Simply stated, ERISA health insurance is the very large U.S. market of employer-sponsored health plans regulated under the federal Employee Retirement Income Security Act (ERISA) of 1974. ERISA is a U.S. labor and tax law that governs workers’ retirement and employer-sponsored health insurance, and is administered and enforced by the U.S. Department of Labor (DOL). Among other things, ERISA imposes minimum standards for employer-sponsored health insurance, including documentation, reporting, and fiduciary requirements. With limited exceptions, ERISA applies to health insurance plans established by private-sector employers for their employees, regardless of the states where they operate. Nationally, about 136 million people are covered by an ERISA-regulated health plan, making ERISA health insurance the largest segment of the U.S. health insurance market.
History of ERISA Health Plans
ERISA was passed by Congress and signed into law by President Gerald Ford on Labor Day, September 2, 1974. ERISA restricts the ability of states to enact laws relating to employer-sponsored health insurance coverage. This federal preemption spares multi-state employers the burden of complying with 50 different sets of state laws and regulations. However, under ERISA, states retain the authority to regulate insurance carriers and health maintenance organizations (HMOs). Accordingly, employers that choose a fully-insured health plan (where the insurance company assumes all financial responsibility for the costs of enrollees’ medical claims) do not receive the full preemption benefits of ERISA, and they remain subject to certain state regulation. By contrast, employers that choose to “self-fund” their ERISA health plan are not subject to most traditional state insurance laws.
The number of ERISA health plans, and the number of Americans insured by ERISA health plans, has grown significantly over the last 25 years. According to the DOL’s 2018 Report to Congress, there were approximately 2.2 million ERISA-covered health plans in 2015 covering approximately 136 million people. It is estimated that approximately 60 percent of these individuals were covered by a self-funded ERISA health plan and the remaining 40 percent were covered under a fully-insured ERISA health plan. Today, ERISA health insurance is the single largest segment of the U.S. health insurance market.
ERISA imposes minimum requirements on employer-sponsored health plans, including:
- Plan Document Requirements — All ERISA health plans must be administered in accordance with a written plan document that covers details such as named fiduciaries, plan administration and operation, how benefits are paid, specific procedures for processing benefit claims and benefit appeals that comply with DOL regulations, certificates of coverage, special enrollment rights and nondiscrimination rules, and how the plan will protect the medical privacy of plan participants and beneficiaries.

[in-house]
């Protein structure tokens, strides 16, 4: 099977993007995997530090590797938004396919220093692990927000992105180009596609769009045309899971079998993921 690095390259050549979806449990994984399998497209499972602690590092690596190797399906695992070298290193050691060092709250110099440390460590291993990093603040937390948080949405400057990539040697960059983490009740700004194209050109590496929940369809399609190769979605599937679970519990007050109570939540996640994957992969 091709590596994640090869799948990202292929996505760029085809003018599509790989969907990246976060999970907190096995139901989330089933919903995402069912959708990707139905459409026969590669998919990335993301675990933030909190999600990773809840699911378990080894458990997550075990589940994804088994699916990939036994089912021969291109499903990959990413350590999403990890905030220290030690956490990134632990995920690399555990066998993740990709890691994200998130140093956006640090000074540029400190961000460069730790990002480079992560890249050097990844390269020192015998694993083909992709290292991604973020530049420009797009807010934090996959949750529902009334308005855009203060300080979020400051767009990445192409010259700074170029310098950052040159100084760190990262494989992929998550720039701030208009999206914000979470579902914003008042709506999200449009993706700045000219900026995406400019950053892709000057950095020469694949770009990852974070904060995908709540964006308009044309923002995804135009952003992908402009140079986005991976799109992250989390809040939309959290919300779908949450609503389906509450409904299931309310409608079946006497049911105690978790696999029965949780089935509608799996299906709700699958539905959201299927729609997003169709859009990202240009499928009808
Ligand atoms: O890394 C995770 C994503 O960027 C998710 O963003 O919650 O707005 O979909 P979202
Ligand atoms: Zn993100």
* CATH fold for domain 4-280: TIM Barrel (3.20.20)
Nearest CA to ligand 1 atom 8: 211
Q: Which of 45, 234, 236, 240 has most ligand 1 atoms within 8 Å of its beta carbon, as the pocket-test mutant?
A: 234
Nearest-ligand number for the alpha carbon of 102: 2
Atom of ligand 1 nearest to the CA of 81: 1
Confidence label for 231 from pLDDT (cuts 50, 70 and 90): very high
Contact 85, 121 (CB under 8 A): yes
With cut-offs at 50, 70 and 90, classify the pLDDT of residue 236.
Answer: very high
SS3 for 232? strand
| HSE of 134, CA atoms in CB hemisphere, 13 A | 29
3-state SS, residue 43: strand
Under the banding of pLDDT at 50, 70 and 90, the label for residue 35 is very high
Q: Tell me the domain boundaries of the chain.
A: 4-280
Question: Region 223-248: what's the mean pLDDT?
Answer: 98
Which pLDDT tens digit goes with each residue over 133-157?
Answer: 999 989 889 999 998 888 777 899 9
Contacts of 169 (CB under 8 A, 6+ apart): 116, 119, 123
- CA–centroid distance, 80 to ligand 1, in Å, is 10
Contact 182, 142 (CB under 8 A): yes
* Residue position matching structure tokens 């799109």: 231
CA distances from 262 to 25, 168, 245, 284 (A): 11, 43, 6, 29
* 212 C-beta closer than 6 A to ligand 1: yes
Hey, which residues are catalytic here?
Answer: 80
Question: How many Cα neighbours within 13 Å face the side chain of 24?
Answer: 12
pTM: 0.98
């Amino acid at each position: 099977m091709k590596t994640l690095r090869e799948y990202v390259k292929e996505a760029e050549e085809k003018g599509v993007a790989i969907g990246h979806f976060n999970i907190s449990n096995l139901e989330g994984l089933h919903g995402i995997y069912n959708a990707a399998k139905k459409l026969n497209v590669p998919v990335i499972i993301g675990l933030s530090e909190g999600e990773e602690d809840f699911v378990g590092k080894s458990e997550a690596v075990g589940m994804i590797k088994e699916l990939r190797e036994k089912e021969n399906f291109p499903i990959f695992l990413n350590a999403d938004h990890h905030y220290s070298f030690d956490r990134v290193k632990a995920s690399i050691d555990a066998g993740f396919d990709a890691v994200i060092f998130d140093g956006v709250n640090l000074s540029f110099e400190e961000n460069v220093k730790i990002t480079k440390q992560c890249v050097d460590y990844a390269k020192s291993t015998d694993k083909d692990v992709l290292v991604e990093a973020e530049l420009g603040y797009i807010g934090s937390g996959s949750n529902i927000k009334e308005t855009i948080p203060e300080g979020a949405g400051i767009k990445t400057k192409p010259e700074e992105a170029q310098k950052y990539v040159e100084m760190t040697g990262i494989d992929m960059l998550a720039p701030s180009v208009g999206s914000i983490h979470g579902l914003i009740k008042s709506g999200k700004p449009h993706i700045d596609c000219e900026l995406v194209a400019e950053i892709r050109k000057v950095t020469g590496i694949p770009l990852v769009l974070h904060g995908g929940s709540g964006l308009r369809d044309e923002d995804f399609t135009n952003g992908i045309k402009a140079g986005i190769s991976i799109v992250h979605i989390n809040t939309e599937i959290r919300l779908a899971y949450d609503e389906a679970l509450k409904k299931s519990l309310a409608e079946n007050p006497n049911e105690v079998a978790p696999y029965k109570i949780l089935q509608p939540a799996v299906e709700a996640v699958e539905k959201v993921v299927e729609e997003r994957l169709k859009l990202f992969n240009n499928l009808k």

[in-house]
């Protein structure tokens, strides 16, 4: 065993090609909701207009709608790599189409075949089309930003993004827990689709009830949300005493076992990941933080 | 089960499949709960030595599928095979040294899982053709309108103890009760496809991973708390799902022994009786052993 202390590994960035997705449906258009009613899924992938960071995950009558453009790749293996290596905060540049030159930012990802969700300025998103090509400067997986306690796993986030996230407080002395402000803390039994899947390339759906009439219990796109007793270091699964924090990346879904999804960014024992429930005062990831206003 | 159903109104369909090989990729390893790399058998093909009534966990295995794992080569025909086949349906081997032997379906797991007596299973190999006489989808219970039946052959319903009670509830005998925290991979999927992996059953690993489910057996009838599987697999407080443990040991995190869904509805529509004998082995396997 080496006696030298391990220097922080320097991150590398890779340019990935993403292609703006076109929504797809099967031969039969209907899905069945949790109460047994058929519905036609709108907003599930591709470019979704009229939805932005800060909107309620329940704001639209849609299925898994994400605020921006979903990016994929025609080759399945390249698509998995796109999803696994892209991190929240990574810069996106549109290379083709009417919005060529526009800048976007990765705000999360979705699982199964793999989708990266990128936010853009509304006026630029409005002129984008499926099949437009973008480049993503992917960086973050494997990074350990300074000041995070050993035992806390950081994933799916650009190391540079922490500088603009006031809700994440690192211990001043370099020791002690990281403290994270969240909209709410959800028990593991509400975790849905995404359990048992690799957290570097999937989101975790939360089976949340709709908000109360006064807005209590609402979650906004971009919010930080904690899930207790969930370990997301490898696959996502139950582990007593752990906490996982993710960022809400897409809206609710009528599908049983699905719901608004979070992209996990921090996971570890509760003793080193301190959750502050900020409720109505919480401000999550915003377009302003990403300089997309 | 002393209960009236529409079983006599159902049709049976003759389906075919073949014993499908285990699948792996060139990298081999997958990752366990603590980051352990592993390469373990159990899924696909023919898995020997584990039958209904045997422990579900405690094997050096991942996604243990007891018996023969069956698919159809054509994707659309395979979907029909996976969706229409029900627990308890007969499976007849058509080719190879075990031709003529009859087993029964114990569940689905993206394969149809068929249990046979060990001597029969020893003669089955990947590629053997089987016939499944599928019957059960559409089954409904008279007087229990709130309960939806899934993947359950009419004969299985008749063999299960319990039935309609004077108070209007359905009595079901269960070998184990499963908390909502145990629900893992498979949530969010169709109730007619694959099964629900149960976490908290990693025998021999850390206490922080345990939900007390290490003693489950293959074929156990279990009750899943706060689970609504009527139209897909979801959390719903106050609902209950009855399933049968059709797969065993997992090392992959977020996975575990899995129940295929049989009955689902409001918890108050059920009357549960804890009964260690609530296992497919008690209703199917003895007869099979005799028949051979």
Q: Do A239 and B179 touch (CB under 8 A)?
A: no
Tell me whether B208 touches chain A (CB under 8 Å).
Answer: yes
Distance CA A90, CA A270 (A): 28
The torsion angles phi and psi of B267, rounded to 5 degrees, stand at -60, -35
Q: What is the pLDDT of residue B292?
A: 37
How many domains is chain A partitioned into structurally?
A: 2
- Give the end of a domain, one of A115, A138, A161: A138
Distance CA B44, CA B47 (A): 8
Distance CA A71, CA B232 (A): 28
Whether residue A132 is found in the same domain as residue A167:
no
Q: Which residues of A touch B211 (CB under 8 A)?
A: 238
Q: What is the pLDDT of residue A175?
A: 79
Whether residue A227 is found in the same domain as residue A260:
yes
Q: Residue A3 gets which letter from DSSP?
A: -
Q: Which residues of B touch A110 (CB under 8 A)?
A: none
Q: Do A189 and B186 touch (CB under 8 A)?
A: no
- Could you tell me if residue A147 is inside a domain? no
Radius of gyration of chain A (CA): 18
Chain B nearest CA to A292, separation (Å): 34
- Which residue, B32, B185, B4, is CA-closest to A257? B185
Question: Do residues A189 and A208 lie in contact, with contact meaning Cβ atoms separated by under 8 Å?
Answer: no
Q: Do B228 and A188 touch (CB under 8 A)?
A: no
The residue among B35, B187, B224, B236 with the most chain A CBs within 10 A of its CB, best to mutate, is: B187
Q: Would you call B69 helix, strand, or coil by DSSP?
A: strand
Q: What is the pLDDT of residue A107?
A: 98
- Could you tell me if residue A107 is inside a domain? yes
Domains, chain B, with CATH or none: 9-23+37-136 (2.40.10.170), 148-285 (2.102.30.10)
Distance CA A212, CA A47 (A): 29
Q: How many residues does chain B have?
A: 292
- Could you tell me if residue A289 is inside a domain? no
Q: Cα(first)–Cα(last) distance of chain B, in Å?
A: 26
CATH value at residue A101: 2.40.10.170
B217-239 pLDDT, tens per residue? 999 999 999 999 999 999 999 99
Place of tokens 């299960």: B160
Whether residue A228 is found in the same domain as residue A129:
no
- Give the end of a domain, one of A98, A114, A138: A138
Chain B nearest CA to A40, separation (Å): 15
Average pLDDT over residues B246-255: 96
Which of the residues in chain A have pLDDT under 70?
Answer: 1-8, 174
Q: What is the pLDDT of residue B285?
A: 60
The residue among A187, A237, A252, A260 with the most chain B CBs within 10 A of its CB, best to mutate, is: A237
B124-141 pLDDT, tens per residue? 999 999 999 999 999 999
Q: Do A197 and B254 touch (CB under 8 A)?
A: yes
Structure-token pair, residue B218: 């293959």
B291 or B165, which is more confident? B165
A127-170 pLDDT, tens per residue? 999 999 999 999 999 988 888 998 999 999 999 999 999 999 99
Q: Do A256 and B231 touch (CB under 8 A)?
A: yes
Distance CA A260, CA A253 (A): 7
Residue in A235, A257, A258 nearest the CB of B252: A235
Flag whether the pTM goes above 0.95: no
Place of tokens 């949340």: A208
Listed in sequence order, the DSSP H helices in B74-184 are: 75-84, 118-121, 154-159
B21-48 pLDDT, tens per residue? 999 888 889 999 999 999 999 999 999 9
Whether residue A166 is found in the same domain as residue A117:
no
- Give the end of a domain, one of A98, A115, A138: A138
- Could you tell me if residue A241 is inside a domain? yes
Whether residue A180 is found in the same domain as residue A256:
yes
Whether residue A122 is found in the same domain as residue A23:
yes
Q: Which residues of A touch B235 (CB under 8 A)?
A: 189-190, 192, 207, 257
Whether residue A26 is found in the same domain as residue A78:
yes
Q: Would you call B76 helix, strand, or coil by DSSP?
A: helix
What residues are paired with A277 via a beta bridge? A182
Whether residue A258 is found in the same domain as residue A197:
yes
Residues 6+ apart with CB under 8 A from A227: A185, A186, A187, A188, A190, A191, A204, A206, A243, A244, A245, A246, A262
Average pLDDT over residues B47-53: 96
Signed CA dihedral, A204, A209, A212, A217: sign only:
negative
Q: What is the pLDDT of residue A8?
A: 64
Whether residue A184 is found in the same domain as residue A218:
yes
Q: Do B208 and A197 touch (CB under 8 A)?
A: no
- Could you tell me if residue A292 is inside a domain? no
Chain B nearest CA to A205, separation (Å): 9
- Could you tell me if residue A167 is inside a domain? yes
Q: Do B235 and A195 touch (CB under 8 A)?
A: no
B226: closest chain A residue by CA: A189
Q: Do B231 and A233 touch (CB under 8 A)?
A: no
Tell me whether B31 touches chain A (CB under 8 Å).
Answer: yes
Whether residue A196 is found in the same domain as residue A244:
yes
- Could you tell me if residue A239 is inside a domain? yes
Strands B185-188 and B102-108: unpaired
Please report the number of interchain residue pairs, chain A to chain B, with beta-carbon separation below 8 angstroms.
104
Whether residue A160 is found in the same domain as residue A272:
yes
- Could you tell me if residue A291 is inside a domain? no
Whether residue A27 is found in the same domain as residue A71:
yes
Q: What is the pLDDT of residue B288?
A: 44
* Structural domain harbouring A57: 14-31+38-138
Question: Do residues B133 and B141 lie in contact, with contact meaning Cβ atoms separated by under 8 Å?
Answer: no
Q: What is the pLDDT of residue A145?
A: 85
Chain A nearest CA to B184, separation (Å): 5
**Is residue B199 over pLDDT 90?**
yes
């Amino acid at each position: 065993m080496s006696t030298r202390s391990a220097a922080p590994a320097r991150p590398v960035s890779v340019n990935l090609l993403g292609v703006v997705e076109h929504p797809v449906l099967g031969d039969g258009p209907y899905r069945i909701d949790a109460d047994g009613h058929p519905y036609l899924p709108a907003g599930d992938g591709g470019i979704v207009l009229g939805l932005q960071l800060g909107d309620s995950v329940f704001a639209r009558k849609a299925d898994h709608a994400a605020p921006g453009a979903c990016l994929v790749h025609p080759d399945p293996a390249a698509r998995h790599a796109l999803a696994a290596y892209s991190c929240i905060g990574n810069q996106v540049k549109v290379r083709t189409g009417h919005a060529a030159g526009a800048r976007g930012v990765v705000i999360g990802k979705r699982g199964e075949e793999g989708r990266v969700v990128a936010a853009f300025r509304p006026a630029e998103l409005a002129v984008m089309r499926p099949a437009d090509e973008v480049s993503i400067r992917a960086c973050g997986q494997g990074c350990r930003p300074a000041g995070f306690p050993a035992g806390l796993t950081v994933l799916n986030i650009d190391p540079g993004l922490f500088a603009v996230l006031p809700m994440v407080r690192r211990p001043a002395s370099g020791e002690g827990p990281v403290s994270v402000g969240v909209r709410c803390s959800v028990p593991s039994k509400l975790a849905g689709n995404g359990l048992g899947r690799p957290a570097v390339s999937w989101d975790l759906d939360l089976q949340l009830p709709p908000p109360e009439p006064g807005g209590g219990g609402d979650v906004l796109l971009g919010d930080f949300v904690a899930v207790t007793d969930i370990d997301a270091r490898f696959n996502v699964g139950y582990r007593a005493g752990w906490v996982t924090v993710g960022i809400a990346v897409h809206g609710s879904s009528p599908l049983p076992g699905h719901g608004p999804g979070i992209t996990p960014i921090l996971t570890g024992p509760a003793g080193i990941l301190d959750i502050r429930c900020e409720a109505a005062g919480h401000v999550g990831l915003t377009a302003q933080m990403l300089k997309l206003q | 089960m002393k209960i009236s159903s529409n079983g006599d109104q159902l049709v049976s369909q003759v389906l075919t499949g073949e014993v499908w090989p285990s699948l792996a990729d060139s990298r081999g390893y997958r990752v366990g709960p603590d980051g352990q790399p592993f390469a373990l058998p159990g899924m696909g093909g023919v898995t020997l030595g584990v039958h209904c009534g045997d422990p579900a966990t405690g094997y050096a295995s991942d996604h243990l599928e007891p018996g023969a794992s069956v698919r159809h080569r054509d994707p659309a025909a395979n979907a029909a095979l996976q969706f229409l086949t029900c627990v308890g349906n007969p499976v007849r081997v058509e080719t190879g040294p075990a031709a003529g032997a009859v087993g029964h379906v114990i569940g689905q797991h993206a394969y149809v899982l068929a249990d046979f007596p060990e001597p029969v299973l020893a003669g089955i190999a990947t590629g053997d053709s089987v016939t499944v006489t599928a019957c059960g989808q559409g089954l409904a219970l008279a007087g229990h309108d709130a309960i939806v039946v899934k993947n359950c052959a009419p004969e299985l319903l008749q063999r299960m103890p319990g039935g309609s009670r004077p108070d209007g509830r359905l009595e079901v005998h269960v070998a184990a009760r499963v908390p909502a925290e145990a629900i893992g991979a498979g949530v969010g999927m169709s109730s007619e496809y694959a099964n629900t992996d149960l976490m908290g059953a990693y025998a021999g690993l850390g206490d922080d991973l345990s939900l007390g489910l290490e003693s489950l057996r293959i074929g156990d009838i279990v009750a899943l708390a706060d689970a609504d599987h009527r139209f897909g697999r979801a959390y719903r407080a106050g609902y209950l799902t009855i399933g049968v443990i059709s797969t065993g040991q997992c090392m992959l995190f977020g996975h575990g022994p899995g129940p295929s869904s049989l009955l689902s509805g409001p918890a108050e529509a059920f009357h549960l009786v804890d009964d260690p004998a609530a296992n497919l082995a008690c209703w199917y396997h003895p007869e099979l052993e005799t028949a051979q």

- Summary Plan Description Requirements — ERISA explicitly requires the plan administrator to furnish participants and beneficiaries with a written summary plan description (SPD) in understandable terms that describes health plan benefits, provider networks details, and cost sharing provisions such as premium, deductible, co-insurance, and co-payment amounts for which the participant or beneficiary will be responsible.
- Reporting Requirements — ERISA requires annual reporting of financial and another information to both the DOL and plan participants.
- Fiduciary Requirements — ERISA sets standards and rules governing the conduct of any person who exercises authority or control over the management of a plan.
Over the years, there have been two significant amendments to ERISA that further protect employees who are covered under an ERISA health plan. First, the Consolidated Omnibus Budget Reconciliation Act of 1985 (COBRA) allows separated employees to continue their employer-sponsored health coverage for up to 18 months after separation from the employer, as long as they were terminated for anything except gross misconduct. Second, the Health Insurance Portability and Accountability Act of 1996 (HIPAA) prohibits health plans from refusing to cover an employee’s pre-existing conditions and bars them from defined categories of discrimination.